We finally made it to another of Rome’s beer bars the other day: Birrifugio. It’s a place we’ve passed many a time, when we’ve been feeling like a 6pm beer but it’s run along Roman beer bar hours, not opening until 7.30pm. It’s one of the self-styled “6 historic pubs of the capital”1. It’s also styled as “Birrifugio Trastevere” on the business cards and website. Except it’s not in Trastevere.
Trastevere is one of the city’s rioni, neighbourhoods that were mostly established in medieval Rome. Apart from Prati, the area north of the Vatican, these rioni are all within the 3rd century Aurelian Walls. Birrifugio – whose name is a nice little pun, “beer-refuge” – is just off Viale Trastevere, but about a kilometer outside the walls, which cut across the boulevard at the Ministry of Education.
The hospitality industry does like to be liberal with its definition of Trastevere, as it’s such a popular area, with its narrow cobbled streets hung with laundry, churches, restaurants and whatnot. But no, Birrifugio is firmly esconced in the postwar urbanisation between the Viale and the Tiber, in the same area as Sunday’s sprawling Porta Portese market So what is this area?
It’s something that’s bugged me for ages, as we live just up the hill and traverse it often en route to Testaccio etc. We just resorted to calling it “that triangle”. But apparently it’s technically within Portuense, which isn’t a rione, it’s a quartiere. This name – “quarter” – is used for some of the districts that developed with the urban sprawl of the 20th century.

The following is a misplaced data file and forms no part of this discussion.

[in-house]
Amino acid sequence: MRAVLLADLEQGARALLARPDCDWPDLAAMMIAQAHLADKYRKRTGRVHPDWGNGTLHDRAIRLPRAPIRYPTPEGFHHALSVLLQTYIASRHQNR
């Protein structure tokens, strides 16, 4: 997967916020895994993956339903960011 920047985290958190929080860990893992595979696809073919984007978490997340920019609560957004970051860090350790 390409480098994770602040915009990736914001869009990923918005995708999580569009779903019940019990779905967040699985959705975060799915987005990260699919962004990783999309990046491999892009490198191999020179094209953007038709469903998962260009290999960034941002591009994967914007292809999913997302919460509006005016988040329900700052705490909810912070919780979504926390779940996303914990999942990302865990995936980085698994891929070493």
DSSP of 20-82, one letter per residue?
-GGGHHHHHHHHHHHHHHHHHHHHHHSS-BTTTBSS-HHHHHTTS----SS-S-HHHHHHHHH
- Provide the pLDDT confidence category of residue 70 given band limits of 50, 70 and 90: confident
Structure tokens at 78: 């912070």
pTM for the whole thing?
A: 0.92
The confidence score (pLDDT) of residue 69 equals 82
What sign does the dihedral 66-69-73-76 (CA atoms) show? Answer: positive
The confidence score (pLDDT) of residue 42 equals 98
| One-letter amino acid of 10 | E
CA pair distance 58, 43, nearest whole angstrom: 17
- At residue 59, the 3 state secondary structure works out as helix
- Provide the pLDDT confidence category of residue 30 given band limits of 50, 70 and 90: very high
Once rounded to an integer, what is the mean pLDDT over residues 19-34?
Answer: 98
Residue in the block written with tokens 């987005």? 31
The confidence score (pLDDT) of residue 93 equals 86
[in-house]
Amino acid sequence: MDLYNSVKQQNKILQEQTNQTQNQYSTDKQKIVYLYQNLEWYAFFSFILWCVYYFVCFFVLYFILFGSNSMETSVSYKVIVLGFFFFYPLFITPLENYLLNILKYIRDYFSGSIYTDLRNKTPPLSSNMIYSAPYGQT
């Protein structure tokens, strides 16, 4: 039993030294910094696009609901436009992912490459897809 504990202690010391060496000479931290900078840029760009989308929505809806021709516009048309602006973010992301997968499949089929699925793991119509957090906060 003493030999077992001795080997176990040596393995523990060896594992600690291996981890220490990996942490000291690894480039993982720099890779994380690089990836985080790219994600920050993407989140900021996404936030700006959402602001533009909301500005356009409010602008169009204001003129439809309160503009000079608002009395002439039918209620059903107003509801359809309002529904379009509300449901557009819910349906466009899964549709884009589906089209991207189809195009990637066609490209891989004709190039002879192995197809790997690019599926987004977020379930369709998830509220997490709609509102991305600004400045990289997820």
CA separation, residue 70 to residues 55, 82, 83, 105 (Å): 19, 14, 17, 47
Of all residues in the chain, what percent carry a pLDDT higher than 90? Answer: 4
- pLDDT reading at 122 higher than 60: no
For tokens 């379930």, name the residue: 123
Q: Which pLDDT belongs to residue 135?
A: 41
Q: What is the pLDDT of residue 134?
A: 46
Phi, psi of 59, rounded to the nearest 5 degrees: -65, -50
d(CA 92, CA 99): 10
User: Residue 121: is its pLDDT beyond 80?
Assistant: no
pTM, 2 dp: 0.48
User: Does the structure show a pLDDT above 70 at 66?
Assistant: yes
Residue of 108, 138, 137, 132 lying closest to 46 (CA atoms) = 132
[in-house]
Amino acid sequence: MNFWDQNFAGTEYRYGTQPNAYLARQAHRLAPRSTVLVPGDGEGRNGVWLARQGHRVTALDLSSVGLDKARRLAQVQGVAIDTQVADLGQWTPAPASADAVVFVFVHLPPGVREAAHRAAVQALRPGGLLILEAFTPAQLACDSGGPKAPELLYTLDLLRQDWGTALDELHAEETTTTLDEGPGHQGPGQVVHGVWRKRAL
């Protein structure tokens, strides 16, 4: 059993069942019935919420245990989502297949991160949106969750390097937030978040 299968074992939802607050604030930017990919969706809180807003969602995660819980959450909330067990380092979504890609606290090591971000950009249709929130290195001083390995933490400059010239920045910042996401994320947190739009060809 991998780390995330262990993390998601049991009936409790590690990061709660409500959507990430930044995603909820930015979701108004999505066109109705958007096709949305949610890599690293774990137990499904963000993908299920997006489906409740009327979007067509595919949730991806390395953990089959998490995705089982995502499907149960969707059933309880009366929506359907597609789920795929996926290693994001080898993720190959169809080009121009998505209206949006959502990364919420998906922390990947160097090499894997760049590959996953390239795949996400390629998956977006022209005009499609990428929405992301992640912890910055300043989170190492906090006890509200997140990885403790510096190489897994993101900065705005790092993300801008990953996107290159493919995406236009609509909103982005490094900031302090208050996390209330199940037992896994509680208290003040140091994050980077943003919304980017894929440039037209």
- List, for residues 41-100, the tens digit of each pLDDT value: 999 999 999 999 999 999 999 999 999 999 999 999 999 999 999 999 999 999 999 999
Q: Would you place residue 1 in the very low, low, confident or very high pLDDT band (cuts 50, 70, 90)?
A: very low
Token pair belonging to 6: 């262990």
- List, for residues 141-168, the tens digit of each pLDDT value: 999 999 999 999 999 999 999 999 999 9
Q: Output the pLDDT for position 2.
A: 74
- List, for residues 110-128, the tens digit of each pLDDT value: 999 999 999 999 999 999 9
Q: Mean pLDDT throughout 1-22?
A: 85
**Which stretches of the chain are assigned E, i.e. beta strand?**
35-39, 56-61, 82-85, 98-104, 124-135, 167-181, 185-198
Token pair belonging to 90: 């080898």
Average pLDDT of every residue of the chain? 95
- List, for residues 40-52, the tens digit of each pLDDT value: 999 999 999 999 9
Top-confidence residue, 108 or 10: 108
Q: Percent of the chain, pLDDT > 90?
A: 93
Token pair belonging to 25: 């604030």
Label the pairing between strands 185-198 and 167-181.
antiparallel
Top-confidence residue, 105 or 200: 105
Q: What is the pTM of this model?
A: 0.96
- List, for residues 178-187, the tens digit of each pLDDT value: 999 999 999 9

Sorry, I had to get that straight. But the point is, if you go looking for Birrifugio, it’s not a pub in the depths of cutesy Trastevere like Ma Che Siete Venuti a Fà? It’s in a very different neighbourhood – but is no less decent a bar.
Indeed, we arrived just as it was opening and the barman was immediately friendly and helpful. He gave us menus, talked us through the beers, both in the menu and on the blackboard, and chatted about his recent trip to a beer festival in London.
Unlike, say, Open Baladin or No.Au, Birrifugio (and its sister bar in Ostia) doesn’t have a great emphasis on Italian products. Instead, it has an international selection, on this occasion including brews from Belgian, England, etc. It also has a fairly comprehensive food menu, including Roman favourites and a more diverse choice: wurst, goulash, crêpes, sauerkraut. And something listed as “fish & chips”…
As the place feels not unlike a British pub (albeit a fairly modern one fitted out to feel a bit olde), I went for the latter. Just cos. It wasn’t really fish and chips in the proper sense (that, really, can only be done well in Britain or NZ, in my experience), and nor was the fish filetto di baccalà, the traditional Roman battered salt cod that is actually fairly similar to British chippie fish. It was instead a crumbed affair, probably from frozen. But no matter: the antipasti we had, speck rolled around mozzarella and walnut and served with a sauce made with a lot of mustard and weiss beer, was clearly freshly made and delicious. As was Fran’s burger, again handmade.
But we weren’t really there for the food, we were there for the beer